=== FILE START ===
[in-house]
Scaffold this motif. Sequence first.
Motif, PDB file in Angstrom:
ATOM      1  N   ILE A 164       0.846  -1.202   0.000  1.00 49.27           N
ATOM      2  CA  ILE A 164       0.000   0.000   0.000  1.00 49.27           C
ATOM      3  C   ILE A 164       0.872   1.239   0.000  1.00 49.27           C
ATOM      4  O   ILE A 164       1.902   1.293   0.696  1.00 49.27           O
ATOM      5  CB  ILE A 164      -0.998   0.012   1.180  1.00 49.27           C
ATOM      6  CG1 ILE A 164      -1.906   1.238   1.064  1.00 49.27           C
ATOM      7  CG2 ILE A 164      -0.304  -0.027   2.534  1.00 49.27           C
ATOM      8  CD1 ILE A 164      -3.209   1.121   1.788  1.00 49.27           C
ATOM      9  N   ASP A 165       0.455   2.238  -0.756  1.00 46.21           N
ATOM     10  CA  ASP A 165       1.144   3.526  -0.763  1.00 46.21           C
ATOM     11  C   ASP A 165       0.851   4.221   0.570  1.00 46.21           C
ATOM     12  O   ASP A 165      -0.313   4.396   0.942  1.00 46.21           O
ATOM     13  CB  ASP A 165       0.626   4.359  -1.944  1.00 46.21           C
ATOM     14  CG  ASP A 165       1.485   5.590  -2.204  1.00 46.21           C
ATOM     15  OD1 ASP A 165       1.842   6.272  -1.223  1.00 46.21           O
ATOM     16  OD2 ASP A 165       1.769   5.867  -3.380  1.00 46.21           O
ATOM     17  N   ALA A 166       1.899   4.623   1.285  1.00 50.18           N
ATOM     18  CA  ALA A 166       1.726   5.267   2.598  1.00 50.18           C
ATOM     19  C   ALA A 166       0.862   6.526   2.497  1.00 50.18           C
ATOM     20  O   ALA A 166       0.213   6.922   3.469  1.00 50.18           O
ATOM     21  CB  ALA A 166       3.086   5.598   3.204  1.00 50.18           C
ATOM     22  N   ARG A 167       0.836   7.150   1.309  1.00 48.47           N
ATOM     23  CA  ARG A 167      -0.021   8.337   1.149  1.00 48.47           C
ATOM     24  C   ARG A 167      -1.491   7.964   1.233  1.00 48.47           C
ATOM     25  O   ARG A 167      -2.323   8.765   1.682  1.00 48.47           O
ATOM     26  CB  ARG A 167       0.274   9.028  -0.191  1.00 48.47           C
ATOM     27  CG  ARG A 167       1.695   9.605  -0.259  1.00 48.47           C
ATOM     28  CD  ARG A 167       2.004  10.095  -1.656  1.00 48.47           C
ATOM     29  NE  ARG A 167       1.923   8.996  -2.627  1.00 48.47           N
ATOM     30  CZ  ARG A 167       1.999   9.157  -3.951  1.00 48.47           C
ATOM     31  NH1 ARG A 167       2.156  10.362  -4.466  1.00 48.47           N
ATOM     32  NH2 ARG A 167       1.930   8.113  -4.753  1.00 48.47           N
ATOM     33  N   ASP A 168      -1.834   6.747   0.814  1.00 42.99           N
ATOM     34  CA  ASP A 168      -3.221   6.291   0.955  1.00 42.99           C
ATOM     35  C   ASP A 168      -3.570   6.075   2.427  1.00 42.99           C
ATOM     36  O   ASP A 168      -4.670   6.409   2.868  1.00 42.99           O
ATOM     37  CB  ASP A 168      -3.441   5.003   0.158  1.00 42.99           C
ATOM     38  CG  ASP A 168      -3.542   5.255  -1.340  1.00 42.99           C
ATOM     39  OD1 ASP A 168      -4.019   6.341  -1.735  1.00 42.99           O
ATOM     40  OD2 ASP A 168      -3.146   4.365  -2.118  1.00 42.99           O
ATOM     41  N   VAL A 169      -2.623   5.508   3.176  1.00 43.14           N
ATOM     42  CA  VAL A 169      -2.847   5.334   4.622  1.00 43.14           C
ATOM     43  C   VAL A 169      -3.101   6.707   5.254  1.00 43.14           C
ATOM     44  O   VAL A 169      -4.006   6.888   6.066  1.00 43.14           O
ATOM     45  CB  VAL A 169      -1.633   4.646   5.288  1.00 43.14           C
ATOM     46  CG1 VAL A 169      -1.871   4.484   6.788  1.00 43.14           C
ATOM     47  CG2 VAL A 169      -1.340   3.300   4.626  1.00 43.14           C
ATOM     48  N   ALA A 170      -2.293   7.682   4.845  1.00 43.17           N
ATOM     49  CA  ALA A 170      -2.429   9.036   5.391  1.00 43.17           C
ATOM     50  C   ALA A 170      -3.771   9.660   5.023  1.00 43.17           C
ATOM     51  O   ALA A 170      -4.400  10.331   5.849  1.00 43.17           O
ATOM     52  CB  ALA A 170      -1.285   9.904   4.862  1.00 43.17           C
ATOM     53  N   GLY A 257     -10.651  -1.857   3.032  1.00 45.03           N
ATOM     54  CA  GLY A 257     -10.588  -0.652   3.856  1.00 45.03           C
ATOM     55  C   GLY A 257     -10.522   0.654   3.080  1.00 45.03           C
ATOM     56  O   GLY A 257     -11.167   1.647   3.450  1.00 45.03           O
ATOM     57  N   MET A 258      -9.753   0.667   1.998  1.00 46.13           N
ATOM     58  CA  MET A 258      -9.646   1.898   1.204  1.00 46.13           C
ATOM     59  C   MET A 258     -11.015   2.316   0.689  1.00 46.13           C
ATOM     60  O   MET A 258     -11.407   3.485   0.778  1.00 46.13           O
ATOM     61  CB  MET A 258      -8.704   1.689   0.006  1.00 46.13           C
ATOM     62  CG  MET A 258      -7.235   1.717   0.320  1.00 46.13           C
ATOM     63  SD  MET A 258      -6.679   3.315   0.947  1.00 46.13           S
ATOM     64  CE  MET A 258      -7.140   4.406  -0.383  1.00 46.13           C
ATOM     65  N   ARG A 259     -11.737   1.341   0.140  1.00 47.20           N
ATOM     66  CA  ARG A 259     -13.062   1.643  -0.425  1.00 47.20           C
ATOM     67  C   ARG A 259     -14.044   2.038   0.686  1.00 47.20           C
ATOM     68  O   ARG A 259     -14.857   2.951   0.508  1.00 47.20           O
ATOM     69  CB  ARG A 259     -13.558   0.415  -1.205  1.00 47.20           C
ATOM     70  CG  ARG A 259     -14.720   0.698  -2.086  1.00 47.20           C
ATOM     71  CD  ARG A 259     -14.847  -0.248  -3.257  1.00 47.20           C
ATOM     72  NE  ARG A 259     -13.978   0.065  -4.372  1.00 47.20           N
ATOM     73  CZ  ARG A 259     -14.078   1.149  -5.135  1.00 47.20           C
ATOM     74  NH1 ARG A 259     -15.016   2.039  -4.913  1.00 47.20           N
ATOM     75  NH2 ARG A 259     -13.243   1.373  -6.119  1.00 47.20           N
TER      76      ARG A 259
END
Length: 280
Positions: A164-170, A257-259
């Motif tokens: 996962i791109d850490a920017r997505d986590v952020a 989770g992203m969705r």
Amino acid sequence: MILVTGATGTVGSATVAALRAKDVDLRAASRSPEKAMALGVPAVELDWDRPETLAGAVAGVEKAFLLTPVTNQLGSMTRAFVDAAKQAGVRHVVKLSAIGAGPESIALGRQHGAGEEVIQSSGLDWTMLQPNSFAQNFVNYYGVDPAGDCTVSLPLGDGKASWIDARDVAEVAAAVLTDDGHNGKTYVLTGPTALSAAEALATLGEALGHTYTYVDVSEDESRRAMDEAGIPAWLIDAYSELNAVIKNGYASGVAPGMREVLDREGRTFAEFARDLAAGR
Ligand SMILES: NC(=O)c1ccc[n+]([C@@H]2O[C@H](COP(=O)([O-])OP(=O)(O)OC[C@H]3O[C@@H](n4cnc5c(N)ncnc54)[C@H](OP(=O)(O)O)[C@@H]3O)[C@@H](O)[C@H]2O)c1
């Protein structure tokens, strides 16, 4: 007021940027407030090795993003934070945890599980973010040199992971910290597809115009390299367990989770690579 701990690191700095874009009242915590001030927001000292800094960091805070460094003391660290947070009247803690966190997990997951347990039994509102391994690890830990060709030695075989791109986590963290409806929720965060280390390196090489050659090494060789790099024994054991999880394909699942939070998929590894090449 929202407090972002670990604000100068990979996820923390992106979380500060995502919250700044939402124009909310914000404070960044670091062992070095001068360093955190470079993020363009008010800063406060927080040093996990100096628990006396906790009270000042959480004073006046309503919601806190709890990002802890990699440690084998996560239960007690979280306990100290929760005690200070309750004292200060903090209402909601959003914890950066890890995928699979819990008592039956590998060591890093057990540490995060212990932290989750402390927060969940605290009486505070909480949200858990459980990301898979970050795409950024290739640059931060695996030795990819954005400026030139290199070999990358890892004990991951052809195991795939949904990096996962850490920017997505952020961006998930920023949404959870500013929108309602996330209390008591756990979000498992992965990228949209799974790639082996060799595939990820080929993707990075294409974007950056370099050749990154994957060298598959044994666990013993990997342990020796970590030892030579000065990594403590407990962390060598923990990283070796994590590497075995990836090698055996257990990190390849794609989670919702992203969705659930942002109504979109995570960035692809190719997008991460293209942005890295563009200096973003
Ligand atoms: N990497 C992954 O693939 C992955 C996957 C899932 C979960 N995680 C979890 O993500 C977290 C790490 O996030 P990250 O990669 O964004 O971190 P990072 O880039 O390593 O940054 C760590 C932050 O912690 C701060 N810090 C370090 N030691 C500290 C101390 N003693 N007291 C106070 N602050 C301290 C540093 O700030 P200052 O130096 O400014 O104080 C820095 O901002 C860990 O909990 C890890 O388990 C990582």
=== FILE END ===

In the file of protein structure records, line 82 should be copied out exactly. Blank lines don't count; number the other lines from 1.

Positions: A164-170, A257-259